Circuit Split as to Whether District Court May Partially Transfer an Action pursuant to 28 U.S.C. § 1631

Johnson v. Mitchell, 2012 U.S. Dist. LEXIS 65934 (E.D. Cal. May 10, 2012):

The Circuits are split regarding whether the language of 28 U.S.C. § 1631 permits federal courts to partially transfer an action. See United States v. County of Cook, Ill., 170 F.3d 1084 (Fed. Cir. 1999) (approving transfer of some, but not all, claims); FDIC v. McGlamery, 74 F.3d 218, 222 (10th Cir. 1996) (finding transfer of some claims appropriate only after a Rule 21 severance); Hill v. United States Air Force, 795 F.2d 1067, 1070 (D.C. Cir. 1986) (finding the statute authorizes the transfer of an action, not a claim). Even within the same circuit, cases have not always been consistent. The Tenth Circuit recently stated that, although transfer was a discretionary option under 28 U.S.C. § 1631 to cure deficiencies related to personal jurisdiction, it was "aware of no authority even permitting, much less requiring, a district court to unilaterally split up an action and transfer the resultant components to diverse jurisdictions under the auspices of § 1631." Schrader v. Biddinger, 633 F.3d 1235, 1249-50 (10th Cir. 2011). However, Schrader curiously cited to an earlier Tenth Circuit decision, Trujillo v. Williams, 465 F.3d 1210 (10th Cir. 2006), which actually held that the district court had discretion to sever and transfer a plaintiff's claims against Virginia-based defendants from his claims against New Mexico-based defendants, or to dismiss the claims against the Virginia-based defendants, to cure jurisdictional defects. Id. at 1216. Indeed, in Trujillo, because the district court had not indicated its reasons for dismissing as opposed to transferring the claims, the Tenth Circuit remanded the case for a specific determination of whether the plaintiff's claims against the Virginia defendants should be transferred rather than dismissed under the federal transfer statutes. Id. at 1222-23.

While the Ninth Circuit has not squarely addressed the issue, it implicitly recognized that a portion of a case could be transferred. See e.g. Baeta v. Sonchik, 273 F.3d 1261, 1264 (9th Cir. 2001) ("Under the circumstances presented, transfer of the portion of the habeas petition raising nationality allegations to this Court is appropriate."); see also Nelson v. International Paint Co., 716 F.2d 640, 642 (9th Cir. 1983). Additionally, the court agrees with the rationale of the Federal Circuit in allowing transfer of individual claims:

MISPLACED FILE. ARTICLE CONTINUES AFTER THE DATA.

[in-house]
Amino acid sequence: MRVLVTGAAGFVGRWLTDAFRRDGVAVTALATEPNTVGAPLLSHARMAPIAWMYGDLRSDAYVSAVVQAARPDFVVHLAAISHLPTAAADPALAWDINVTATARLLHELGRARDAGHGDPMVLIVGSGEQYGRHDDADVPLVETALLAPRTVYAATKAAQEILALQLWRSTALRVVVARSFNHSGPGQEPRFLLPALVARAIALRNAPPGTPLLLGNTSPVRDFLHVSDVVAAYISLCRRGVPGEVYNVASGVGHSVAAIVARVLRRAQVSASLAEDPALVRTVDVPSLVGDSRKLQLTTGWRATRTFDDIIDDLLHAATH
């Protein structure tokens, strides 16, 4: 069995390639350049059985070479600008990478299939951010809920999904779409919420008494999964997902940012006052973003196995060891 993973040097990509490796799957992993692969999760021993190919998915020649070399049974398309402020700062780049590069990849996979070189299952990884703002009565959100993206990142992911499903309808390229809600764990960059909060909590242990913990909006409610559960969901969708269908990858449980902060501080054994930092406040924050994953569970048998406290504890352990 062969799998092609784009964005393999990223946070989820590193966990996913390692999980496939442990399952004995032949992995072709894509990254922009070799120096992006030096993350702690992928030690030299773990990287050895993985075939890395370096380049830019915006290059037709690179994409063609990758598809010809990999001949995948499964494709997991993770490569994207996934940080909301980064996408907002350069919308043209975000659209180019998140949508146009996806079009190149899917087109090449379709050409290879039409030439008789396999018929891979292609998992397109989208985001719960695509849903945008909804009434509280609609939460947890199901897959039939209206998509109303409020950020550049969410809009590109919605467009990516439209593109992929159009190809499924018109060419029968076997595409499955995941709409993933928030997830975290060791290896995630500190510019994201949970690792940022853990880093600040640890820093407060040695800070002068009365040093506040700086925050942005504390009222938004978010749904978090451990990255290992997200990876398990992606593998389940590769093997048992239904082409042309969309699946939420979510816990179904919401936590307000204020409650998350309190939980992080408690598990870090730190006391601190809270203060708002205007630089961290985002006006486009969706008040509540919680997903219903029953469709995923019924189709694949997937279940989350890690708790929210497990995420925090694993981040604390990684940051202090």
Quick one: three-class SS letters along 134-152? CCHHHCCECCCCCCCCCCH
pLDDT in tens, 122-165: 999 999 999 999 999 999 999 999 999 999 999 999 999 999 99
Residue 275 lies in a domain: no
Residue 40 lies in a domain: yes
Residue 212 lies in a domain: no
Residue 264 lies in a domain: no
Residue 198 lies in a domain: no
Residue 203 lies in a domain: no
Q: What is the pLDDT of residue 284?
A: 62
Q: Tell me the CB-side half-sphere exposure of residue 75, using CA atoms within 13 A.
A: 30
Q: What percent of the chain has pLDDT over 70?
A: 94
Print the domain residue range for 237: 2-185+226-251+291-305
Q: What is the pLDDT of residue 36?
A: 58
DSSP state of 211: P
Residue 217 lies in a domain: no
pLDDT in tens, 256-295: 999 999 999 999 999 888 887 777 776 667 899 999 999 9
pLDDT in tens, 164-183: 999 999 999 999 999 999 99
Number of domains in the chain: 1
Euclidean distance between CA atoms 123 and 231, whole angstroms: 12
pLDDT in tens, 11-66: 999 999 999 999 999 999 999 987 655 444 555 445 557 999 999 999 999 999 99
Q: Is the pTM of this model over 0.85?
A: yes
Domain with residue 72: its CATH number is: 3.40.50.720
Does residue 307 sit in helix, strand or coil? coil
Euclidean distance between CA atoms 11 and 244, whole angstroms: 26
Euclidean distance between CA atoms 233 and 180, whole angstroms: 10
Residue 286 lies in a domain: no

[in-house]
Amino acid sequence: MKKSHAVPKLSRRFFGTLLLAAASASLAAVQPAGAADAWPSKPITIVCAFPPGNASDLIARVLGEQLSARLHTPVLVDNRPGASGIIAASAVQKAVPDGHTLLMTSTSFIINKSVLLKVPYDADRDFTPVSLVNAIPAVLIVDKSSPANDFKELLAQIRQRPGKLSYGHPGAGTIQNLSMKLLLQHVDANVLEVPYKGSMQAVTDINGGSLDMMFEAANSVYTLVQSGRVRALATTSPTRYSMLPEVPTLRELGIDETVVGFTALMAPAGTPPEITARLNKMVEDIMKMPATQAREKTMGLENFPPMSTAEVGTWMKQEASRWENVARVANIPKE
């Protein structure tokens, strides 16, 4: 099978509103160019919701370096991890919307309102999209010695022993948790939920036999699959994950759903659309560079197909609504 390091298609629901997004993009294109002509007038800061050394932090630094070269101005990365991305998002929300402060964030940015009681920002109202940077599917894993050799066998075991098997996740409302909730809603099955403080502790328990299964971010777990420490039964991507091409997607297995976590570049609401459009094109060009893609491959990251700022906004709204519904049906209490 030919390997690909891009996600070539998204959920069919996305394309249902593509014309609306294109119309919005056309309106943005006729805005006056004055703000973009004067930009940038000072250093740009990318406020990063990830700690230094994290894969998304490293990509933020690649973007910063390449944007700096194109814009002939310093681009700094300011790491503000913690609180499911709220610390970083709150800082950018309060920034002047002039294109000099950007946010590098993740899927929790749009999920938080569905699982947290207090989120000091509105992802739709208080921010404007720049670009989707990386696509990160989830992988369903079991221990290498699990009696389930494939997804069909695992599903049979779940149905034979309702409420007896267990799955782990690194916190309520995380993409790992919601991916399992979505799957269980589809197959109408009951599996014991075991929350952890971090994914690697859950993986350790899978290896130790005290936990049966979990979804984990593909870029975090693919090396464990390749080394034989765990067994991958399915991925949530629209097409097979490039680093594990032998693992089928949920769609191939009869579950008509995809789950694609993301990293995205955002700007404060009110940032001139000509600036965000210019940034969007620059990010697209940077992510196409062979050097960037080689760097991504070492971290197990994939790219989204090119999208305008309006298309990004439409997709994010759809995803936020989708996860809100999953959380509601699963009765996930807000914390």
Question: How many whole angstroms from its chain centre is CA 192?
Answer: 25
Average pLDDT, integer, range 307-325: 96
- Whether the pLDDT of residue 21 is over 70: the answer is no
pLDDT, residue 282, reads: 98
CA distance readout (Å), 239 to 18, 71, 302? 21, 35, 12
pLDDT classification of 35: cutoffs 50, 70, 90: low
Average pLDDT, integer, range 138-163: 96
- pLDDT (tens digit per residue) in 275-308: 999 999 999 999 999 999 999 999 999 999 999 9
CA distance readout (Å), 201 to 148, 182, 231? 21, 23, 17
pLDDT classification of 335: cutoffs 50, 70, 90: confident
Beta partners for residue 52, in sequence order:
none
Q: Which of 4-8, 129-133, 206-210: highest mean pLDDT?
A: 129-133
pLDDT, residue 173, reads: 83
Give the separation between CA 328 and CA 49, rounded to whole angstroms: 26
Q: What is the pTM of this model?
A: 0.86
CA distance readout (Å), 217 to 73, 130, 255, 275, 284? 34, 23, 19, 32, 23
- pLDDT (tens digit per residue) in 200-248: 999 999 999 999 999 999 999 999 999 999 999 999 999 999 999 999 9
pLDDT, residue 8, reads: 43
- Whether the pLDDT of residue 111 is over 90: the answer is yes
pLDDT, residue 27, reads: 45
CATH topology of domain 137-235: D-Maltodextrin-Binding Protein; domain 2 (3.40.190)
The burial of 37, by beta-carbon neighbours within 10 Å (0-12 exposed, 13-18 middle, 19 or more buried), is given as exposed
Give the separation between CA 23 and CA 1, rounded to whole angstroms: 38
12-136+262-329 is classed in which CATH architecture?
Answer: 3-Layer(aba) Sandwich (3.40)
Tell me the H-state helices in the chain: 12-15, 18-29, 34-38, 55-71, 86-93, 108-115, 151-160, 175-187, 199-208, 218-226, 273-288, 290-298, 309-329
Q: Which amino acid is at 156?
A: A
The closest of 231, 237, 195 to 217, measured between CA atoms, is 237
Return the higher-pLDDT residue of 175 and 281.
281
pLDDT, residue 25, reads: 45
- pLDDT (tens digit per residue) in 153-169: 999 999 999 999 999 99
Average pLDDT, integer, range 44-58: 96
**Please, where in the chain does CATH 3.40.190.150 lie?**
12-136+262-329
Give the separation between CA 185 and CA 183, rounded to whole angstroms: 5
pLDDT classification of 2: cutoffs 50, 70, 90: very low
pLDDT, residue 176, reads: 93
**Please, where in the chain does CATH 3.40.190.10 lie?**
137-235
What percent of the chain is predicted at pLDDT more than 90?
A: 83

The United States suggests no logical reason why this remedy should not be allowed on a claim-by-claim basis. It would indeed be a curious result that a district court could transfer an action under § 1631 containing a single claim over which it lacked jurisdiction but could not transfer that claim if the claimant made an additional claim in his action over which the court did have jurisdiction. We see no reason to deny the remedial benefit of § 1631 in this circumstance merely because some of the claims were properly lodged in the transferor court.

County of Cook, Ill., 170 F.3d at 1089. Furthermore, in the event a Rule 21 severance 4 is technically required before transfer of individual claims so as to result in the transfer of an "action," see 28 U.S.C. § 1631 and McGlamery, 74 F.3d at 222, the court has no difficulty doing so here. Defendant Parsons is not an indispensable party to this action, and plaintiff's claims against her can be severed if necessary to prevent prejudice. See Pamplona v. Hernandez, 2009 WL 578578, at * 3 (S.D. Cal. March 5, 2009).

Footnote 4. Fed. R. Civ. P. 21 provides, in part, that "[t]he court may also sever any claim against a party."

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